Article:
This year marks four decades since the genocidal violence of Black July. With the backing of the Sinhala Buddhist State, Sinhala mobs, armed with electoral rolls and transported by government-owned vehicles, unleashed a torrent of bloodshed killing over 3,000 Tamils, burning down thousands of Tamil homes and businesses, and displacing an estimated 150,000.
Last week, thousands of Tamils, from the political strongholds in Jaffna, the militarised heartlands of the Vanni, to the allegedly contested territories of Amparai, lit up destroyed LTTE cemeteries to pay tribute to those who laid down their lives in the armed struggle. Since 2016, when Tamils reclaimed the Kanagapuram Thuyilum Illam in Kilinochchi to hold Maaveerar Naal publicly for the first time since 2012, when Tamil students were beaten by the Sri Lankan army for attempting to mark the day, the commemorations have been growing in scale each year, disrupted only by the lockdowns of the global pandemic. This year was the largest yet, with events reported in at least thirty locations across the eight districts of the North-East.
Illustration by Keera Ratnam / waves of colour This month in the northern city of Kopay and the eastern city of Mullaitivu, plain-clothed Sri Lankan officers photograph Tamil civilians clearing their desecrated memorials for the LTTE. This surveillance has become routine. It is often followed in rapid succession with threats, intimidation, arbitrary detention, and abuse – a pattern all too familiar for Eelam Tamils. In the most militarised regions of the island, Tamils are prohibited from remembering the sacrifices of their loved ones for a free homeland. Under the threat of Sri Lanka’s...
The latest draft United Nations Human Rights Council resolution on accountability for massacres in Sri Lanka shows yet again the ineptitude of the international system to deliver justice for crimes committed more than 13 years ago. Following years of growing militarisation, crackdowns on civil society actors, and ongoing human rights violations, the latest resolution asks victims and survivors to place their faith in the Sri Lankan state. This is the same Sri Lankan state that the former UN High Commissioner acknowledges has actively reversed progress on accountability by appointing war criminals to head government ministries. The latest draft falls far short of what has been needed for years.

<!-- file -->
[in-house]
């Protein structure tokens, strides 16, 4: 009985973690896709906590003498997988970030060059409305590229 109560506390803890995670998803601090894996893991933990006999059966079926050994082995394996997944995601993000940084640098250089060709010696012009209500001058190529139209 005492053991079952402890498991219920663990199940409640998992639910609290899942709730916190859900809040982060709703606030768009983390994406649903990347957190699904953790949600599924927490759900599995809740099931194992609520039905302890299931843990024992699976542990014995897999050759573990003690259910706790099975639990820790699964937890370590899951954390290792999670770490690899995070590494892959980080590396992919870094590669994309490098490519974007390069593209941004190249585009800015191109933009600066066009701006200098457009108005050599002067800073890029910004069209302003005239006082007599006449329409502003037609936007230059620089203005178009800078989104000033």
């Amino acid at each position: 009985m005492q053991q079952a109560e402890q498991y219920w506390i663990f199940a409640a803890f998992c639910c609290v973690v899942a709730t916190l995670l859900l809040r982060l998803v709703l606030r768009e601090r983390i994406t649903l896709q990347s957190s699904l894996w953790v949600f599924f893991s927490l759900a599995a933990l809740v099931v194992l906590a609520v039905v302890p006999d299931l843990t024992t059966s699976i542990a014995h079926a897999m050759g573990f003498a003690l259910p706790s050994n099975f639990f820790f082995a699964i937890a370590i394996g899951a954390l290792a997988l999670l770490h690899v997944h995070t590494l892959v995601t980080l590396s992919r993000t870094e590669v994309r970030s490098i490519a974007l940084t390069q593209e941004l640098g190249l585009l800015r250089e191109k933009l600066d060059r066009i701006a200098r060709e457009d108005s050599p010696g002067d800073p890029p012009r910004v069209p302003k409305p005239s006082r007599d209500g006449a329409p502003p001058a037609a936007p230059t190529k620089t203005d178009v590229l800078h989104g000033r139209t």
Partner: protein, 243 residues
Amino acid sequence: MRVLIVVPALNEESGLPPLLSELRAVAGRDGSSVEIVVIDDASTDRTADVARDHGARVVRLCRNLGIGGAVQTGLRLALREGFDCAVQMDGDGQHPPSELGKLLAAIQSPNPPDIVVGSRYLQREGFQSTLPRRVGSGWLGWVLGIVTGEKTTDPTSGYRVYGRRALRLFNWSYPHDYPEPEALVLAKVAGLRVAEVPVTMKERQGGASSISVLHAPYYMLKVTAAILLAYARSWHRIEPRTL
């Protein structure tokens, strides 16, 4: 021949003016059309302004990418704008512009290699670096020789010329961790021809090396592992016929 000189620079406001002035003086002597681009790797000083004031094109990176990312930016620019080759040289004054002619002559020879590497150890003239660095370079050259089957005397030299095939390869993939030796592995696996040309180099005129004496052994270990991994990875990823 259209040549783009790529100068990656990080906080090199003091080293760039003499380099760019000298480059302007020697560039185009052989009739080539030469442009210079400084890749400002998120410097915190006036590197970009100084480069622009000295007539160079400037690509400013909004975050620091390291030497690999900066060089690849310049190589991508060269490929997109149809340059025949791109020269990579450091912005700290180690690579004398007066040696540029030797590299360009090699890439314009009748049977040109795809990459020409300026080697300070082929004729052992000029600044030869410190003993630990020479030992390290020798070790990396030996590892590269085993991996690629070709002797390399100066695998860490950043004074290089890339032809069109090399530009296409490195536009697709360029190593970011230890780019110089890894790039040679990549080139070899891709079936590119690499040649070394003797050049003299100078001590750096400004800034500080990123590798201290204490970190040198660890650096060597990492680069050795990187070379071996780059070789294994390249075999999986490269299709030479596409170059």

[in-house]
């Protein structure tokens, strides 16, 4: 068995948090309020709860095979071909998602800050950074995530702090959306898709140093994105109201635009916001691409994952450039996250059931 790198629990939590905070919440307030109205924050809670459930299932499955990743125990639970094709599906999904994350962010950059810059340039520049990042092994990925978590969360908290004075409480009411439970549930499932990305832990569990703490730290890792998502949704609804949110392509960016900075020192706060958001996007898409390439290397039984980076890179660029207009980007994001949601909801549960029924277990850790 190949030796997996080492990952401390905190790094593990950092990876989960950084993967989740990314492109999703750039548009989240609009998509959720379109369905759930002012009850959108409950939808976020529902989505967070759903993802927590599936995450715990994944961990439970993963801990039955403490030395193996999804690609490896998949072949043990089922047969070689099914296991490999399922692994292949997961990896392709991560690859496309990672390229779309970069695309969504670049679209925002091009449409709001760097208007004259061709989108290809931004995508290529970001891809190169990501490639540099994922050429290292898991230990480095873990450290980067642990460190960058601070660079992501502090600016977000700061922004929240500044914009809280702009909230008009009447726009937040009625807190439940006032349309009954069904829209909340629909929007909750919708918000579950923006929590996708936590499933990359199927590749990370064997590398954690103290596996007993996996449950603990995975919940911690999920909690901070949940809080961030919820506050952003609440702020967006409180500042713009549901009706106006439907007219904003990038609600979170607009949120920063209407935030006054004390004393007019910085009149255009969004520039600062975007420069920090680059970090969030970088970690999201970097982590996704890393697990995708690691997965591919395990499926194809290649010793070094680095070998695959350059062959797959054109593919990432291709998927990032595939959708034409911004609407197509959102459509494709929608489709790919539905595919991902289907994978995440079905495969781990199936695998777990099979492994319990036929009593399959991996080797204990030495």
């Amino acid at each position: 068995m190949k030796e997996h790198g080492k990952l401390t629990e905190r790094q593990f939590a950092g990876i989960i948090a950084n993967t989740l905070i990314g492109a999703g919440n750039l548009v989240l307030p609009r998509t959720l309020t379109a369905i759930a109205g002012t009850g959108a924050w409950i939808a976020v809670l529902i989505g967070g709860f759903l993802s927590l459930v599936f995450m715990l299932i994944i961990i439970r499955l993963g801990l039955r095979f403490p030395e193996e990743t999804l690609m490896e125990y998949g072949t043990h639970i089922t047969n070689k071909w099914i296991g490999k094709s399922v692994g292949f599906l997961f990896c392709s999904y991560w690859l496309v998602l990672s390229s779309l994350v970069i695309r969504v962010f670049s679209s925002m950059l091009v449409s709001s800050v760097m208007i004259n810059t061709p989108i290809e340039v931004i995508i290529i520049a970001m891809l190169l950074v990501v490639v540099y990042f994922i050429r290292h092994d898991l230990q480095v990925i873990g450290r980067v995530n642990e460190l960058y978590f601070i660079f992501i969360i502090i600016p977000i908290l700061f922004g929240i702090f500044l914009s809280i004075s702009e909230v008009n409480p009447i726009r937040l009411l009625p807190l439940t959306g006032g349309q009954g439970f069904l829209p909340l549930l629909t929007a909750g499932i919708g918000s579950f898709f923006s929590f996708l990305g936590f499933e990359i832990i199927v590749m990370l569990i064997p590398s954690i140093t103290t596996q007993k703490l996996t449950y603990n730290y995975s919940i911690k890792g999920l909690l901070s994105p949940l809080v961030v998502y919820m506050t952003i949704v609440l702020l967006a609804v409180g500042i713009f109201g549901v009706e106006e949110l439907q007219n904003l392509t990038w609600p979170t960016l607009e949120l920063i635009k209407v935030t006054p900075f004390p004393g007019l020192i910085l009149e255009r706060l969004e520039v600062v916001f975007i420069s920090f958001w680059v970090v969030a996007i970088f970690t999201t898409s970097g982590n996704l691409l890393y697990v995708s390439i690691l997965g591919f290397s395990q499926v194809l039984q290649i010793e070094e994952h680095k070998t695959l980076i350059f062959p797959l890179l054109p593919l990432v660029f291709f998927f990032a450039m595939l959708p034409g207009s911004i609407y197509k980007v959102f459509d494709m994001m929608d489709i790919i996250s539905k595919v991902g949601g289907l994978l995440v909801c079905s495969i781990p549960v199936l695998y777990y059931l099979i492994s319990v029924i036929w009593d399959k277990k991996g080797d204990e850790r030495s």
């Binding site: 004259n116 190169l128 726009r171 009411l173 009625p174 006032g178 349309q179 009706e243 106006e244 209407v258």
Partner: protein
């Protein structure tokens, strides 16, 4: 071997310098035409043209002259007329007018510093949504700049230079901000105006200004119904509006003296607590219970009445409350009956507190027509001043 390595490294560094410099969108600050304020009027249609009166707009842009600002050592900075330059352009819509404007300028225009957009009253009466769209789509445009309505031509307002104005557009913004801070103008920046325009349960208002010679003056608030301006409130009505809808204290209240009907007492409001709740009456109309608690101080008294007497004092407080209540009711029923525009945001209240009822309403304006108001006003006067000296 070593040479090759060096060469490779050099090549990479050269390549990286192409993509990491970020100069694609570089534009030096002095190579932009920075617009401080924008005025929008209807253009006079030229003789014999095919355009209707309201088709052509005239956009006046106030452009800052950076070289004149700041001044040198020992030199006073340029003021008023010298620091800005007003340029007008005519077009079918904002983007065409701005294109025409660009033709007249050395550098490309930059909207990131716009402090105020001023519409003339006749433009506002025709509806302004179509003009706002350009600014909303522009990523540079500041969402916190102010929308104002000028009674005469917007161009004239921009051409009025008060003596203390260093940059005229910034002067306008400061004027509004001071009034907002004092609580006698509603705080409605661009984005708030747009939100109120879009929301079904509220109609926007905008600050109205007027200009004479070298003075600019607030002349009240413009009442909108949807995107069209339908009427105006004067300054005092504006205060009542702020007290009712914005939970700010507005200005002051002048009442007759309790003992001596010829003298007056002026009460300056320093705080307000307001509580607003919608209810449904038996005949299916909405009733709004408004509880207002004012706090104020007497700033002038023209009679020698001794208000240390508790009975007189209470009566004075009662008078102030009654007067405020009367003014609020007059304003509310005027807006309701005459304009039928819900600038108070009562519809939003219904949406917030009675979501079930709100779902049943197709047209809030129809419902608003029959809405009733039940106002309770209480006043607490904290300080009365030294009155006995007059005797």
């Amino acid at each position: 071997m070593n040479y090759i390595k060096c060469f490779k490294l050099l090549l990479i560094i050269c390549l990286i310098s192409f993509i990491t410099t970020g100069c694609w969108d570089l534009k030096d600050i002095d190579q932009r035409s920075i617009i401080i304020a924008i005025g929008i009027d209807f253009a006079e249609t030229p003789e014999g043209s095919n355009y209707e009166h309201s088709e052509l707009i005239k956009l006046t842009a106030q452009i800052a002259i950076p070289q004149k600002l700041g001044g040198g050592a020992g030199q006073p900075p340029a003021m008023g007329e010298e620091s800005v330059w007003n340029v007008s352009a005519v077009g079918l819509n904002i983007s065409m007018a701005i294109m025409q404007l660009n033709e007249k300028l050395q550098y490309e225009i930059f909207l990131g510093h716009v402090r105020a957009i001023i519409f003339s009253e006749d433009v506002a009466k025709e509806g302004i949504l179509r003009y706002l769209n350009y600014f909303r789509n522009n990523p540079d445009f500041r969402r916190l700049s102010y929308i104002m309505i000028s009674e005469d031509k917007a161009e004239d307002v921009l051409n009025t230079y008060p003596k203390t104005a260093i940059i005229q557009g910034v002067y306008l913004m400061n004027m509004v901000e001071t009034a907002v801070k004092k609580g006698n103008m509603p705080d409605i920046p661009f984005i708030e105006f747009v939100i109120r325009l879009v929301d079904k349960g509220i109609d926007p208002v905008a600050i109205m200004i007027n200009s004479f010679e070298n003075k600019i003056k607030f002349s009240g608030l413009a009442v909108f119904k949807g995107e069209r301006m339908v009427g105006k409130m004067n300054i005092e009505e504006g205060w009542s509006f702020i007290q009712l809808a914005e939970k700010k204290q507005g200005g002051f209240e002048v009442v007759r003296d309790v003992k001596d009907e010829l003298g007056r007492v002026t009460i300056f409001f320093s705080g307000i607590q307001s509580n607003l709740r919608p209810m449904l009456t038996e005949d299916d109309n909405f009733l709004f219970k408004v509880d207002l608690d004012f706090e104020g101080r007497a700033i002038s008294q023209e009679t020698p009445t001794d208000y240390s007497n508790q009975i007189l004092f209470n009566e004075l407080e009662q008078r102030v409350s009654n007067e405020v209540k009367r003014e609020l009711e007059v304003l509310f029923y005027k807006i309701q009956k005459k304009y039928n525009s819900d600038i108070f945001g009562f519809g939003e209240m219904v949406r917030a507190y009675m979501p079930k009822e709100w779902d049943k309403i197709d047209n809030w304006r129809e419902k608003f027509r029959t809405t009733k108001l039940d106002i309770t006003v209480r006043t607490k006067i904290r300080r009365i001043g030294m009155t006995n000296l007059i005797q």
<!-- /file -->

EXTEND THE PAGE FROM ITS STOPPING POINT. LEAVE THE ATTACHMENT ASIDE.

As the 51st session of the UN Human Rights Council nears, Sri Lanka’s Sinhala leaders scramble to present the country as on the verge of a democratic breakthrough. Plans to reform Sri Lanka’s draconian counter-terrorism legislation, decriminalise same-sex relations, and delist select Tamil diaspora organisations have been met with broad scepticism across the island. An illusion of a liberal bastion is impossible to maintain amidst a brutal crackdown on peaceful demonstrators. Such gestures are nothing but a desperate smokescreen. In the past, Sri Lanka managed to stave off international...